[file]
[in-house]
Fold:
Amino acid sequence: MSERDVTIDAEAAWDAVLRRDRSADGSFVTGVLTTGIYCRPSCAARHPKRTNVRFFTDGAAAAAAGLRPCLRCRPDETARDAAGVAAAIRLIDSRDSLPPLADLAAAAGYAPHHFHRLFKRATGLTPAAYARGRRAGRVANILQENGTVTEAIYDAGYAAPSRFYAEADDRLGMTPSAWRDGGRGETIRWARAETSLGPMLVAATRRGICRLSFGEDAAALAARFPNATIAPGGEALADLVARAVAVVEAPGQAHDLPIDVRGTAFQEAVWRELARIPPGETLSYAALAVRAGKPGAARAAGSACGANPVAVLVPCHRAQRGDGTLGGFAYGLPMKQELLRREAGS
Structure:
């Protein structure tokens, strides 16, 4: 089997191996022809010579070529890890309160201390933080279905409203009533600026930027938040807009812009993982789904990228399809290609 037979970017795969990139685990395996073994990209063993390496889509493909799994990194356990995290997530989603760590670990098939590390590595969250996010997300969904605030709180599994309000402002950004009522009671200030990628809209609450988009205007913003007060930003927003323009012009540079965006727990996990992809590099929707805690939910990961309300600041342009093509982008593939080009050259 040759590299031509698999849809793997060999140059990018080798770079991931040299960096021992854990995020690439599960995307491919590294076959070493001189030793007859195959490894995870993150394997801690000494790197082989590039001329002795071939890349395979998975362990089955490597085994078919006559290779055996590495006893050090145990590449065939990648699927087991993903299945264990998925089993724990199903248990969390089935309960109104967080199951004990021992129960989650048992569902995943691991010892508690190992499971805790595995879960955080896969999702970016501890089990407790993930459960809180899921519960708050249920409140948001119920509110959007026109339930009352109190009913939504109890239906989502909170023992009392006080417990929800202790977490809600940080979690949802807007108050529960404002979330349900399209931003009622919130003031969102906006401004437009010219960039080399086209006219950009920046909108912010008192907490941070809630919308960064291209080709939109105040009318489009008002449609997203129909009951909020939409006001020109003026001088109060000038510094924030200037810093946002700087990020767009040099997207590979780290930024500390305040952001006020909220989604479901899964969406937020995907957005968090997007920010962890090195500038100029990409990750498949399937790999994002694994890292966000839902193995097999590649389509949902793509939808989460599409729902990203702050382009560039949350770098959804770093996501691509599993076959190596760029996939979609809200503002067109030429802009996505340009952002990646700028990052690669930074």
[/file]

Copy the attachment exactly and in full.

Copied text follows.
[in-house]
Fold:
Amino acid sequence: MSERDVTIDAEAAWDAVLRRDRSADGSFVTGVLTTGIYCRPSCAARHPKRTNVRFFTDGAAAAAAGLRPCLRCRPDETARDAAGVAAAIRLIDSRDSLPPLADLAAAAGYAPHHFHRLFKRATGLTPAAYARGRRAGRVANILQENGTVTEAIYDAGYAAPSRFYAEADDRLGMTPSAWRDGGRGETIRWARAETSLGPMLVAATRRGICRLSFGEDAAALAARFPNATIAPGGEALADLVARAVAVVEAPGQAHDLPIDVRGTAFQEAVWRELARIPPGETLSYAALAVRAGKPGAARAAGSACGANPVAVLVPCHRAQRGDGTLGGFAYGLPMKQELLRREAGS
Structure:
């Protein structure tokens, strides 16, 4: 089997191996022809010579070529890890309160201390933080279905409203009533600026930027938040807009812009993982789904990228399809290609 037979970017795969990139685990395996073994990209063993390496889509493909799994990194356990995290997530989603760590670990098939590390590595969250996010997300969904605030709180599994309000402002950004009522009671200030990628809209609450988009205007913003007060930003927003323009012009540079965006727990996990992809590099929707805690939910990961309300600041342009093509982008593939080009050259 040759590299031509698999849809793997060999140059990018080798770079991931040299960096021992854990995020690439599960995307491919590294076959070493001189030793007859195959490894995870993150394997801690000494790197082989590039001329002795071939890349395979998975362990089955490597085994078919006559290779055996590495006893050090145990590449065939990648699927087991993903299945264990998925089993724990199903248990969390089935309960109104967080199951004990021992129960989650048992569902995943691991010892508690190992499971805790595995879960955080896969999702970016501890089990407790993930459960809180899921519960708050249920409140948001119920509110959007026109339930009352109190009913939504109890239906989502909170023992009392006080417990929800202790977490809600940080979690949802807007108050529960404002979330349900399209931003009622919130003031969102906006401004437009010219960039080399086209006219950009920046909108912010008192907490941070809630919308960064291209080709939109105040009318489009008002449609997203129909009951909020939409006001020109003026001088109060000038510094924030200037810093946002700087990020767009040099997207590979780290930024500390305040952001006020909220989604479901899964969406937020995907957005968090997007920010962890090195500038100029990409990750498949399937790999994002694994890292966000839902193995097999590649389509949902793509939808989460599409729902990203702050382009560039949350770098959804770093996501691509599993076959190596760029996939979609809200503002067109030429802009996505340009952002990646700028990052690669930074």